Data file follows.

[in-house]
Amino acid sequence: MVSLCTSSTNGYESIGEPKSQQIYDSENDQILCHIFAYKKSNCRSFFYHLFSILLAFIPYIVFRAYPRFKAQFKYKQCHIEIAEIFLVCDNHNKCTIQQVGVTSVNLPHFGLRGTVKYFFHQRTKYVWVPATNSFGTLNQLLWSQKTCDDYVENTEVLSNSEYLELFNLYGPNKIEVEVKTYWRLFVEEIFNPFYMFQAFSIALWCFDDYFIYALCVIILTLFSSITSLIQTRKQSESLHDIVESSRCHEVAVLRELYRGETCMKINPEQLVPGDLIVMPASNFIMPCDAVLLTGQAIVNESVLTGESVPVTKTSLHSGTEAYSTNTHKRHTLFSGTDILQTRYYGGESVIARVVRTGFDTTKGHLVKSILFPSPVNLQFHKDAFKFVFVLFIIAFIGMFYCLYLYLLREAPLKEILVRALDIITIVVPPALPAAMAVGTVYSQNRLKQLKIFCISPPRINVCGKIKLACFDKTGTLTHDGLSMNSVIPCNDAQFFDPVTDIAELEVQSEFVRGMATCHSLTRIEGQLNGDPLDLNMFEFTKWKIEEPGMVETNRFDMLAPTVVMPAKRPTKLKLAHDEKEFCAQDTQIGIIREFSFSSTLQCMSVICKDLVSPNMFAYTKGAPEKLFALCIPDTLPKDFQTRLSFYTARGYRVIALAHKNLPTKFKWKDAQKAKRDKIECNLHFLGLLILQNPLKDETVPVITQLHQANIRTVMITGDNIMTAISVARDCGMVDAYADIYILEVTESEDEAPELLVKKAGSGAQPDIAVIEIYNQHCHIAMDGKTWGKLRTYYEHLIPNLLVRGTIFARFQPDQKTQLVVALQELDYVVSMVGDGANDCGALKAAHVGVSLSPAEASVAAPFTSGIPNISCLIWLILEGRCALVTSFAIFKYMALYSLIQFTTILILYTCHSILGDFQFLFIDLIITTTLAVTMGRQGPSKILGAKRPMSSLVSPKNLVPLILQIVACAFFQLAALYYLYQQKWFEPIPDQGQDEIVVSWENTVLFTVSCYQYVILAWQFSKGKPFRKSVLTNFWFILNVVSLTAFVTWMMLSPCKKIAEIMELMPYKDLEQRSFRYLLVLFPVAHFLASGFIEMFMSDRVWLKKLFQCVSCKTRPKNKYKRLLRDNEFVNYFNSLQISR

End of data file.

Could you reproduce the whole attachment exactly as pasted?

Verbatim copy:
[in-house]
Amino acid sequence: MVSLCTSSTNGYESIGEPKSQQIYDSENDQILCHIFAYKKSNCRSFFYHLFSILLAFIPYIVFRAYPRFKAQFKYKQCHIEIAEIFLVCDNHNKCTIQQVGVTSVNLPHFGLRGTVKYFFHQRTKYVWVPATNSFGTLNQLLWSQKTCDDYVENTEVLSNSEYLELFNLYGPNKIEVEVKTYWRLFVEEIFNPFYMFQAFSIALWCFDDYFIYALCVIILTLFSSITSLIQTRKQSESLHDIVESSRCHEVAVLRELYRGETCMKINPEQLVPGDLIVMPASNFIMPCDAVLLTGQAIVNESVLTGESVPVTKTSLHSGTEAYSTNTHKRHTLFSGTDILQTRYYGGESVIARVVRTGFDTTKGHLVKSILFPSPVNLQFHKDAFKFVFVLFIIAFIGMFYCLYLYLLREAPLKEILVRALDIITIVVPPALPAAMAVGTVYSQNRLKQLKIFCISPPRINVCGKIKLACFDKTGTLTHDGLSMNSVIPCNDAQFFDPVTDIAELEVQSEFVRGMATCHSLTRIEGQLNGDPLDLNMFEFTKWKIEEPGMVETNRFDMLAPTVVMPAKRPTKLKLAHDEKEFCAQDTQIGIIREFSFSSTLQCMSVICKDLVSPNMFAYTKGAPEKLFALCIPDTLPKDFQTRLSFYTARGYRVIALAHKNLPTKFKWKDAQKAKRDKIECNLHFLGLLILQNPLKDETVPVITQLHQANIRTVMITGDNIMTAISVARDCGMVDAYADIYILEVTESEDEAPELLVKKAGSGAQPDIAVIEIYNQHCHIAMDGKTWGKLRTYYEHLIPNLLVRGTIFARFQPDQKTQLVVALQELDYVVSMVGDGANDCGALKAAHVGVSLSPAEASVAAPFTSGIPNISCLIWLILEGRCALVTSFAIFKYMALYSLIQFTTILILYTCHSILGDFQFLFIDLIITTTLAVTMGRQGPSKILGAKRPMSSLVSPKNLVPLILQIVACAFFQLAALYYLYQQKWFEPIPDQGQDEIVVSWENTVLFTVSCYQYVILAWQFSKGKPFRKSVLTNFWFILNVVSLTAFVTWMMLSPCKKIAEIMELMPYKDLEQRSFRYLLVLFPVAHFLASGFIEMFMSDRVWLKKLFQCVSCKTRPKNKYKRLLRDNEFVNYFNSLQISR